Further Exercises for Developing the Healthy Masculine

Yesterday we were sharing some exercises to develop the Green Man in us.  Following are some more: 

Matthew Fox explores the archetype of the Green Man – the spiritual warrior associated with plants, who defends Mother Earth. Originally posted on May 27, 2019 via the Matthew Fox YouTube Channel.

What about your diet—are you eating too much meat, too much beef (cow farting produces methane that is terrible for the environment)?

What are you doing in the workplace to live less by unclean fuels and more by clean and renewable ones?  

Your political participation.  Do you demand of your representatives local, state and national, that they go green?  What about the media—do you write letters to editors, call in to radio programs, express your moral outrage at those in denial about climate change?  

How many trees have you planted lately?  Why not organize others, especially the young, to plant trees,  trees, and more trees.  And stand up to defend the forests and rainforests.

3: Learning Lessons from Icarus and Daedalus:

Father and child having fun at the annual Notting Hill Carnival, celebrating Black-British culture and history through dance, food and music. Photo by Glodi Miessi on Unsplash.

Did your father and/or mother help put wings on you as a youth?  How?  How not?  Have you forgiven him/her?  Have you praised him/her?

What instructions assisted this putting on of wings?

How did it go?  Did you fly?  Did you find your mystical/prophetic self at an early age?  Alone or with a mentor?

How have you learned to ground yourself so that your reaching for the sky does not result in crashing?

What stories of others have you observed or heard about that include themes of soaring or crashing, communicating or miscommunicating?

How have communications been between you and your father?  

How will you relate to your son’s desire to fly? 

What music and languages of the young are you learning and encouraging?

Rage emerging from the shadows. Photo by Bora Sözüer on Unsplash.

How are you teaching the young and how are they teaching you?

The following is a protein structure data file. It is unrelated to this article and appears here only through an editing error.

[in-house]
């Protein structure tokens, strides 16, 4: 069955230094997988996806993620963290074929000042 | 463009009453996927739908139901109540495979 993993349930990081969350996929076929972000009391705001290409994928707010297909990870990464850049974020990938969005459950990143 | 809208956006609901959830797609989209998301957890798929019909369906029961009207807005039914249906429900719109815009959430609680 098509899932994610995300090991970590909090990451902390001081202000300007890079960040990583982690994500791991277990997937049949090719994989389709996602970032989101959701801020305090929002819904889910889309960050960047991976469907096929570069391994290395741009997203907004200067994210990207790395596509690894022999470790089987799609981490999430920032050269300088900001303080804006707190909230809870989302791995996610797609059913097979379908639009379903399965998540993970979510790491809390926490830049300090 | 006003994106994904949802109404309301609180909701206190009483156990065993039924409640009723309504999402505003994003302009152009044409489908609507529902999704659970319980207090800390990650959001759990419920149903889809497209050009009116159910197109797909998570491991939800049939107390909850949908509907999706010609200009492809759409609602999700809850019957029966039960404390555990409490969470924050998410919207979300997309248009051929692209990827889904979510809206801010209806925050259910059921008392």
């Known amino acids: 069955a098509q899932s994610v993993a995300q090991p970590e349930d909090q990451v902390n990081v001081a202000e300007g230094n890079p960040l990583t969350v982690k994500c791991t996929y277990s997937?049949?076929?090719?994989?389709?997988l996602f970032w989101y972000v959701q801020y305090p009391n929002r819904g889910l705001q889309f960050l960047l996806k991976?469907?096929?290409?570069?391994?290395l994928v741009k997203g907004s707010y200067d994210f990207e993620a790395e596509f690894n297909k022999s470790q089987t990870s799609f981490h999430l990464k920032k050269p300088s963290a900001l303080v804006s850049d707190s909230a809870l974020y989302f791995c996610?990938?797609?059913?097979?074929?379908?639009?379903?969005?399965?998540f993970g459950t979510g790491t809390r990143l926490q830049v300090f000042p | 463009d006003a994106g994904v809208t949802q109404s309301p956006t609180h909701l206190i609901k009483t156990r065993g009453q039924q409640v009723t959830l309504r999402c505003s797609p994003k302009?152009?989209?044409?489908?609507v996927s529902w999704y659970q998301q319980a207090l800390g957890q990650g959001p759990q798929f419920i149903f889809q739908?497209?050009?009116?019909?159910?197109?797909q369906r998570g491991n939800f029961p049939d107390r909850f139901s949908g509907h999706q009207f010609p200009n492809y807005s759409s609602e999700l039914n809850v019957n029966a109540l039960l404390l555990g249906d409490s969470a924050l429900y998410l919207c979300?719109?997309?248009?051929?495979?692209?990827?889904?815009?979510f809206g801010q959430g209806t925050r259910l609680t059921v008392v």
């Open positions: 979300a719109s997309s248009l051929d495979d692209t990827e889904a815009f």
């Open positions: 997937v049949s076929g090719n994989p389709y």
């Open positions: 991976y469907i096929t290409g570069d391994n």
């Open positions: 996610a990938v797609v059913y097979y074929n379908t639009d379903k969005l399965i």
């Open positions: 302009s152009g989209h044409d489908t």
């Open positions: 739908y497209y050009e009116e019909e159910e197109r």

4: Examining the Hunter-Gatherer Instincts in Us Today

How do you deal with your anger and aggression?  What works?  What does not work?

The next time your reptilian brain kicks in, try another approach than just kicking back—trying breathing deeply for example and reciting a mantra like: “he is my brother, he is my brother, he is my brother” or “love my enemy, love my enemy, love my enemy.”

List areas where your hunting-gathering instincts are alive and well and in use.   

How is shame a part of your life?  Where does this shame originate?  How are you dealing with it?  Are you de-shaming yourself?  What is most holding you back?  What is most effect in this detox effort?

Piece entitled, “Childlike and Playful” by Richard Reich-Kuykendall who is an artist, author, and graduate of Matthew Fox’s University of Creation Spirituality.

“Nothing great happens without anger” (Thomas Aquinas).  So how are you using your anger for good causes?  How are you directing your anger into healthy relating, healthy work and healthy protest?

Do you keep your anger down and hidden…until it boils up and over in inappropriate ways?  What groups can you join to help you deal honestly with your anger?

How does creativity play a role in steering your anger into directions that are positive and not harmful to others?  Have you dealt with your passive aggressivity? How? 

Are you alert to injustice?  And working with those working for justice?  How so?  Which issues in particular move you to action?

To be continued

Adapted from Matthew Fox, The Hidden Spirituality of Men, pp. 299-301.

See Matthew Fox, The Tao of Thomas Aquinas: Fierce Wisdom for Hard Times, chapter 24, pp. 122-131 on anger and the trustworthy person.

Banner Image: Jesus as Green Man : Image part of larger wall mural at
Iglesia de San Francisco de Paula Church, Havana, built in 1664

What do you feel we should be hunting for today?  And gathering for today?  How best to put our hunting-gathering instincts to good use?

The Hidden Spirituality of Men: Ten Metaphors to Awaken the Sacred Masculine

To awaken what Fox calls “the sacred masculine,” he unearths ten metaphors, or archetypes, ranging from the Green Man, an ancient pagan symbol of our fundamental relationship with nature,  to the Spiritual Warrior….These timeless archetypes can inspire men to pursue their higher calling to connect to their deepest selves and to reinvent the world.
“Every man on this planet should read this book — not to mention every woman who wants to understand the struggles, often unconscious, that shape the men they know.” — Rabbi Michael Lerner, author of The Left Hand of God

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